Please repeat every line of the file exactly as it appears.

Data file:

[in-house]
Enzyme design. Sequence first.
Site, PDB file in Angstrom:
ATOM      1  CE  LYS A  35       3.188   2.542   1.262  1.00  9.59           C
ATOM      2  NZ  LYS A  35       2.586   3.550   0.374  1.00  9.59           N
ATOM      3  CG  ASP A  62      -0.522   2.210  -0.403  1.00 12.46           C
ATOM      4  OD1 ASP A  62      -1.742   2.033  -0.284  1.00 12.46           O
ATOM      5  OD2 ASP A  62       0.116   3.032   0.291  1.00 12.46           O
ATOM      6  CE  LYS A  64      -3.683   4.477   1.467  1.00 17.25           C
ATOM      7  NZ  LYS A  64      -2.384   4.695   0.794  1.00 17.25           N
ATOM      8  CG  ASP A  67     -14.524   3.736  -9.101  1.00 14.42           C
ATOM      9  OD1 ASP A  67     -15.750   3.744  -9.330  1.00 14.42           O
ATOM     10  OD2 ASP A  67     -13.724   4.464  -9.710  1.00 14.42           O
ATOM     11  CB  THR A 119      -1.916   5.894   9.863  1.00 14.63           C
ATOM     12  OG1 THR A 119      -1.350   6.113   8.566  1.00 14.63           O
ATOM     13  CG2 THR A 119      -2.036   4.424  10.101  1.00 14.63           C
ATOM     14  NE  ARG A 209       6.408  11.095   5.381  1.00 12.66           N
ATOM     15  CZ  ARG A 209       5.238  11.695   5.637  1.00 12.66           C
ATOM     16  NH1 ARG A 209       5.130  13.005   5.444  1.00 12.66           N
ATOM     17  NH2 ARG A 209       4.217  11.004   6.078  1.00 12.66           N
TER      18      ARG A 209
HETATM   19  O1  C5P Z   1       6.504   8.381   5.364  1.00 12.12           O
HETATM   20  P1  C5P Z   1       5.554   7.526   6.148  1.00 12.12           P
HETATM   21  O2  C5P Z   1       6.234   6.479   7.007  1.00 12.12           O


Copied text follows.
[in-house]
Enzyme design. Sequence first.
Site, PDB file in Angstrom:
ATOM      1  CE  LYS A  35       3.188   2.542   1.262  1.00  9.59           C
ATOM      2  NZ  LYS A  35       2.586   3.550   0.374  1.00  9.59           N
ATOM      3  CG  ASP A  62      -0.522   2.210  -0.403  1.00 12.46           C
ATOM      4  OD1 ASP A  62      -1.742   2.033  -0.284  1.00 12.46           O
ATOM      5  OD2 ASP A  62       0.116   3.032   0.291  1.00 12.46           O
ATOM      6  CE  LYS A  64      -3.683   4.477   1.467  1.00 17.25           C
ATOM      7  NZ  LYS A  64      -2.384   4.695   0.794  1.00 17.25           N
ATOM      8  CG  ASP A  67     -14.524   3.736  -9.101  1.00 14.42           C
ATOM      9  OD1 ASP A  67     -15.750   3.744  -9.330  1.00 14.42           O
ATOM     10  OD2 ASP A  67     -13.724   4.464  -9.710  1.00 14.42           O
ATOM     11  CB  THR A 119      -1.916   5.894   9.863  1.00 14.63           C
ATOM     12  OG1 THR A 119      -1.350   6.113   8.566  1.00 14.63           O
ATOM     13  CG2 THR A 119      -2.036   4.424  10.101  1.00 14.63           C
ATOM     14  NE  ARG A 209       6.408  11.095   5.381  1.00 12.66           N
ATOM     15  CZ  ARG A 209       5.238  11.695   5.637  1.00 12.66           C
ATOM     16  NH1 ARG A 209       5.130  13.005   5.444  1.00 12.66           N
ATOM     17  NH2 ARG A 209       4.217  11.004   6.078  1.00 12.66           N
TER      18      ARG A 209
HETATM   19  O1  C5P Z   1       6.504   8.381   5.364  1.00 12.12           O
HETATM   20  P1  C5P Z   1       5.554   7.526   6.148  1.00 12.12           P
HETATM   21  O2  C5P Z   1       6.234   6.479   7.007  1.00 12.12           O